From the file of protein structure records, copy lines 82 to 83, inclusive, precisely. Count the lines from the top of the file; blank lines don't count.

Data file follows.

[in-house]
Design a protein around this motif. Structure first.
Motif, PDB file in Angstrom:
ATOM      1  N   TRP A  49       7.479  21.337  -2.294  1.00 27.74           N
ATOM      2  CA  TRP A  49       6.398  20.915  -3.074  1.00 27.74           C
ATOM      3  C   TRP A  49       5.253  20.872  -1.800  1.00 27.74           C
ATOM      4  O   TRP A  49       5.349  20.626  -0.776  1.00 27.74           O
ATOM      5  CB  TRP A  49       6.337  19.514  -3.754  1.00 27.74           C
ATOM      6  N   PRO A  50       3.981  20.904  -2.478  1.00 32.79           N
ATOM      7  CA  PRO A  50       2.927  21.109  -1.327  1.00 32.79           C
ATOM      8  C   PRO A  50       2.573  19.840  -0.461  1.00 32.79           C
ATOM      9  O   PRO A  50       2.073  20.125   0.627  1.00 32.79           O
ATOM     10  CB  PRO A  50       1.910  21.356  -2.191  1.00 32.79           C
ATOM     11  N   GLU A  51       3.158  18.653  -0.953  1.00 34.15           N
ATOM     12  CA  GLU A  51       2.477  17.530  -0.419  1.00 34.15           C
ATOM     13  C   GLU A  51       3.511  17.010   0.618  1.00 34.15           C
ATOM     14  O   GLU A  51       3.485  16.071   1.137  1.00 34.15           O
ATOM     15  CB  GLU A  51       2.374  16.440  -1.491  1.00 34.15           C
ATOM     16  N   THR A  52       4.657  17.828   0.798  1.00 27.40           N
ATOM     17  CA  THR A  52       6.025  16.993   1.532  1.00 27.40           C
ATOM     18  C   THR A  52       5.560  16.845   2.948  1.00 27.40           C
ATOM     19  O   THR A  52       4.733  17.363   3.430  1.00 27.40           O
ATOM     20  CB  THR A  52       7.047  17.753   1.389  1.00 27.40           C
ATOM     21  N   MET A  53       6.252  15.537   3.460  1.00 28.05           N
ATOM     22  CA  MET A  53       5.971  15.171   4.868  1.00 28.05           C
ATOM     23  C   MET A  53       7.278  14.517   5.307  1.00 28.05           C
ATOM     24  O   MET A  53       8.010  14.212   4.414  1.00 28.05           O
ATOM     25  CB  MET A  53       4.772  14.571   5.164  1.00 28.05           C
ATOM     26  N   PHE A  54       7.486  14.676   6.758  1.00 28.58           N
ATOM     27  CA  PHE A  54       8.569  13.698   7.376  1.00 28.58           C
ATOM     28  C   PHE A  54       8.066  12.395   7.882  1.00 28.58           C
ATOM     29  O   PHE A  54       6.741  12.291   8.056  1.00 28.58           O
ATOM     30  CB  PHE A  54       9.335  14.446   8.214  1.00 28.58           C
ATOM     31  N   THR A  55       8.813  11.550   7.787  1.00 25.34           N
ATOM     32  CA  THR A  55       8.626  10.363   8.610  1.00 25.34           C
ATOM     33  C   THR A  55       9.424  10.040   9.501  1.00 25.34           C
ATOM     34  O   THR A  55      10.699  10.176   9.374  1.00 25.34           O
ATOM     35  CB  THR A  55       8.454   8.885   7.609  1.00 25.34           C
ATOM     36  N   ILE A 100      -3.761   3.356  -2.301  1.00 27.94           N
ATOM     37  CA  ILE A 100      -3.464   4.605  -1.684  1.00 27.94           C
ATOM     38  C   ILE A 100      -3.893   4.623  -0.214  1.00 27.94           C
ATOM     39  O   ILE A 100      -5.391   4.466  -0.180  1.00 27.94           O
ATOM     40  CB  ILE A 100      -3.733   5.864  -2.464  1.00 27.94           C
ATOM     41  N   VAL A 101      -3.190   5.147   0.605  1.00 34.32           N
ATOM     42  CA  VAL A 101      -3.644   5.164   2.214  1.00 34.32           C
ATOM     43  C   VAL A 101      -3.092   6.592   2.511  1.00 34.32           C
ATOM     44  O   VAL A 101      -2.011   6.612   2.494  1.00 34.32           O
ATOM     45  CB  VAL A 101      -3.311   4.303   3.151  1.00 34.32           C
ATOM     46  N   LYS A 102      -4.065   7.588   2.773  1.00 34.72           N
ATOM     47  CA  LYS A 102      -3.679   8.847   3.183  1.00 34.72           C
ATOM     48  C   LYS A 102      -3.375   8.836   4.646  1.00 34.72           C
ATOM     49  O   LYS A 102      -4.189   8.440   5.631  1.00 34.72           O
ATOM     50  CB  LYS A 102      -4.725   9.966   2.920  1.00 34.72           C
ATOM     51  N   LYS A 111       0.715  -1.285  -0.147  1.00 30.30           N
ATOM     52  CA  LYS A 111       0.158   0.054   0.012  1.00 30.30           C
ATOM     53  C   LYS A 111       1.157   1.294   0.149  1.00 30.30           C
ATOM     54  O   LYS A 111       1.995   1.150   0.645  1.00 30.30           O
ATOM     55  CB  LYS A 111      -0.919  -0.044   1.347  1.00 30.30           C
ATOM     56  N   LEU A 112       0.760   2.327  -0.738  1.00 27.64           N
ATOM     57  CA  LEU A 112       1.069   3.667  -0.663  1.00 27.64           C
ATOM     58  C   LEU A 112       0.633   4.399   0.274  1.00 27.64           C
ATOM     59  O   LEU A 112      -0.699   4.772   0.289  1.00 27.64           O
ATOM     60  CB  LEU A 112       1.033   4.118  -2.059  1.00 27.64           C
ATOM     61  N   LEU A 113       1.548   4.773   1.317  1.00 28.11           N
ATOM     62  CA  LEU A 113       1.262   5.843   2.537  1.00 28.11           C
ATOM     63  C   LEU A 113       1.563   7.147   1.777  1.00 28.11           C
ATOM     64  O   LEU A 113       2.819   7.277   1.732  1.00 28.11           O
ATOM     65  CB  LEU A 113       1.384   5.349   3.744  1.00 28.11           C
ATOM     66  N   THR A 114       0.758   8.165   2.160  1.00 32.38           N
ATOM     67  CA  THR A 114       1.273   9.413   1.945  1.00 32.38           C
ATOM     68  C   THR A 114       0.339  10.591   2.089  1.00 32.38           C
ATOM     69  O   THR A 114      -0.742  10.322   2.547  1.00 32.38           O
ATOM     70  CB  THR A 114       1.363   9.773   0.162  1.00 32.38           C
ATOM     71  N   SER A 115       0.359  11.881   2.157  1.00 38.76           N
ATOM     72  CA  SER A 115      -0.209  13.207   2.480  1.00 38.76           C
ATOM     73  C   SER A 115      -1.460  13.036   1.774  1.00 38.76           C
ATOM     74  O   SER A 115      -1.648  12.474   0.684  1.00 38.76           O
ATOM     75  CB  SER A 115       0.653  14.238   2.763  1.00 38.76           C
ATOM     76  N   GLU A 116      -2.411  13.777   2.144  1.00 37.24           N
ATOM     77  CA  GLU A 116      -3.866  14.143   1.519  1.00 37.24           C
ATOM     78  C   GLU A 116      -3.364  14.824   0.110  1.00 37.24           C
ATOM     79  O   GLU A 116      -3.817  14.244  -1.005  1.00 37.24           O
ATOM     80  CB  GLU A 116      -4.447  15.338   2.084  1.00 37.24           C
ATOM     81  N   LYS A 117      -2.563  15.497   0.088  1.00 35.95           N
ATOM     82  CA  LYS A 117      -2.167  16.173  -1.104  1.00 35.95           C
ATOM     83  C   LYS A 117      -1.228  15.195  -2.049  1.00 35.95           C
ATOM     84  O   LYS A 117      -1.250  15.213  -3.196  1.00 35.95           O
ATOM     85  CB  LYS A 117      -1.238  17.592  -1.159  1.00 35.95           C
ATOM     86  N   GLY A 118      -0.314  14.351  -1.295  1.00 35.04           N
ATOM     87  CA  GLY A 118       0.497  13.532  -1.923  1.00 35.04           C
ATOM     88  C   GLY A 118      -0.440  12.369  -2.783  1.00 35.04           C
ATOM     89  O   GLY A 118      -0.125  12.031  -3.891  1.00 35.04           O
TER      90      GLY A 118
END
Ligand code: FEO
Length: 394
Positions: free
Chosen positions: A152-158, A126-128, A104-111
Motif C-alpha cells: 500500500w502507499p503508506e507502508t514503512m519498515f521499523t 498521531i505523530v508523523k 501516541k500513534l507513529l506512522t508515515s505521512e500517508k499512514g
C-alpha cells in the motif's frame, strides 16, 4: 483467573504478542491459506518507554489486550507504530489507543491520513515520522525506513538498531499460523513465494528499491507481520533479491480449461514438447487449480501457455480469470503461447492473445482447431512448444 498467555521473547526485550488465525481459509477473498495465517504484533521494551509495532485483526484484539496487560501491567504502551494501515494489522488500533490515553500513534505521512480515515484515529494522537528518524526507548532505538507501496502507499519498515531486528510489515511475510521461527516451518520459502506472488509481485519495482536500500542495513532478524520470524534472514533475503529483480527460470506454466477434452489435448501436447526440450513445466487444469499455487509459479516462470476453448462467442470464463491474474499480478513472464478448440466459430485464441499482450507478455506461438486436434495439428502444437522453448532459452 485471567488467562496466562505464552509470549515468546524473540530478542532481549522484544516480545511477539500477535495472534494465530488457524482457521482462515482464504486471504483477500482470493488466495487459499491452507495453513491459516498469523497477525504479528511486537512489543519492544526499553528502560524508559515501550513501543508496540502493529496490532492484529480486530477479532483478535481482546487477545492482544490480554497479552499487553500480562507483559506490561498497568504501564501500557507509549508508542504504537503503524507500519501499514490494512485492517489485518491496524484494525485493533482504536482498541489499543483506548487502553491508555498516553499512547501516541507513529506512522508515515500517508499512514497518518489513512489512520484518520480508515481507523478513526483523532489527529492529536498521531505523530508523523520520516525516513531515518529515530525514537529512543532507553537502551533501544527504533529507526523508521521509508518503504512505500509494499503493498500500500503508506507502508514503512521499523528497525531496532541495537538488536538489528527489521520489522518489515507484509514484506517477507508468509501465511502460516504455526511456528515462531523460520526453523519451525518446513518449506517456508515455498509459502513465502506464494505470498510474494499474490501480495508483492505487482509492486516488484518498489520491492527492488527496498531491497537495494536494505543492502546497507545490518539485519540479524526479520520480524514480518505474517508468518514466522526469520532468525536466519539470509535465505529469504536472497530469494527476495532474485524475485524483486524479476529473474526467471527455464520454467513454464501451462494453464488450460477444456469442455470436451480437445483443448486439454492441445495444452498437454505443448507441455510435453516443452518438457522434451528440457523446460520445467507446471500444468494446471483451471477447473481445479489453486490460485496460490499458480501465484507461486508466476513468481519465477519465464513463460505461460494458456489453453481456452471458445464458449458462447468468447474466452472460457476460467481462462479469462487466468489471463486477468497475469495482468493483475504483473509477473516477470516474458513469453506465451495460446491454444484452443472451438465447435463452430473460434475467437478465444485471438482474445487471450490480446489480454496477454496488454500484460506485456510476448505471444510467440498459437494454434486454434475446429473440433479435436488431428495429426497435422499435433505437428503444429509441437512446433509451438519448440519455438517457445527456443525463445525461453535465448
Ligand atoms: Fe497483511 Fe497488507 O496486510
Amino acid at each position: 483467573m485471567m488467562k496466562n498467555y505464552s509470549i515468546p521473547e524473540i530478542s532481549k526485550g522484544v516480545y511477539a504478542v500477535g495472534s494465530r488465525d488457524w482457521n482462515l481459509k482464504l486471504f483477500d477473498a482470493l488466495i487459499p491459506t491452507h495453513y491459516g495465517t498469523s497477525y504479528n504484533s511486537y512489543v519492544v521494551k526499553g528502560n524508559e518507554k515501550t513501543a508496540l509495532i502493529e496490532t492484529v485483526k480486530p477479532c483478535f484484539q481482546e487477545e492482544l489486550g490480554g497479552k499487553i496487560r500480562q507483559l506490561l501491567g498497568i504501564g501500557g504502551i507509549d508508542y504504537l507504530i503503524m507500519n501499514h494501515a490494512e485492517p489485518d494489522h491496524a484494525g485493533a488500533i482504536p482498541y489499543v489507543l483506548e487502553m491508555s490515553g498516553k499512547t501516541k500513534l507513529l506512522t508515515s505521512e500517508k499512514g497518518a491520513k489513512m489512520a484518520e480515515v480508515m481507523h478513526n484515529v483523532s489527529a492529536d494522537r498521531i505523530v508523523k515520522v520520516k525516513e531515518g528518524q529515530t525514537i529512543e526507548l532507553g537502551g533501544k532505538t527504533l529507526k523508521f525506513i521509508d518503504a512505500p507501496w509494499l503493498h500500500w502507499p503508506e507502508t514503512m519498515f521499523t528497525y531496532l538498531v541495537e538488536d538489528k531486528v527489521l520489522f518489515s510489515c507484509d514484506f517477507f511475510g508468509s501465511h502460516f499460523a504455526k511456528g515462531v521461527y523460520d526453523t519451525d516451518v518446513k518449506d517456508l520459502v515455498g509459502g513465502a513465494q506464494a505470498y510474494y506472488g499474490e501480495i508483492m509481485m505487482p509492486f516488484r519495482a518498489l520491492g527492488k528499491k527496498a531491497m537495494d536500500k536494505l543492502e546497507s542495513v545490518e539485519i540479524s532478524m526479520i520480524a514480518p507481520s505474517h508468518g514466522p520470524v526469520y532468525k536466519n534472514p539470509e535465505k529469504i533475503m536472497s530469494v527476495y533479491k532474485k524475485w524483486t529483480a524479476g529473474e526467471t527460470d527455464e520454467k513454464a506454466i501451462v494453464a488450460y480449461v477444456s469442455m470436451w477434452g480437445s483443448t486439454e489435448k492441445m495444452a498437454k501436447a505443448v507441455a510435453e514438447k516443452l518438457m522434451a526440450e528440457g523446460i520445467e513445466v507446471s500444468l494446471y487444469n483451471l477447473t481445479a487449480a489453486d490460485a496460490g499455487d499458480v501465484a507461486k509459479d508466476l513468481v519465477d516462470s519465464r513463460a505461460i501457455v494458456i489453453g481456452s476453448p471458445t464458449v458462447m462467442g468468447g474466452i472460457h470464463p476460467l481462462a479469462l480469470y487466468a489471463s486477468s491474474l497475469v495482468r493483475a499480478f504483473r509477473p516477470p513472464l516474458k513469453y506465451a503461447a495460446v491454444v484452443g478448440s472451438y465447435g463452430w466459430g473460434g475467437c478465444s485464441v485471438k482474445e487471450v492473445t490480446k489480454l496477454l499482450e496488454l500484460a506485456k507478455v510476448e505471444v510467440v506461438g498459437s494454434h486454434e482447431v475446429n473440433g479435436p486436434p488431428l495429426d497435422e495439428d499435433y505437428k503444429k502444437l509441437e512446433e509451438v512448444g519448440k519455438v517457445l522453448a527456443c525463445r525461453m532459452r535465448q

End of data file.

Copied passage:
ATOM     79  O   GLU A 116      -3.817  14.244  -1.005  1.00 37.24           O
ATOM     80  CB  GLU A 116      -4.447  15.338   2.084  1.00 37.24           C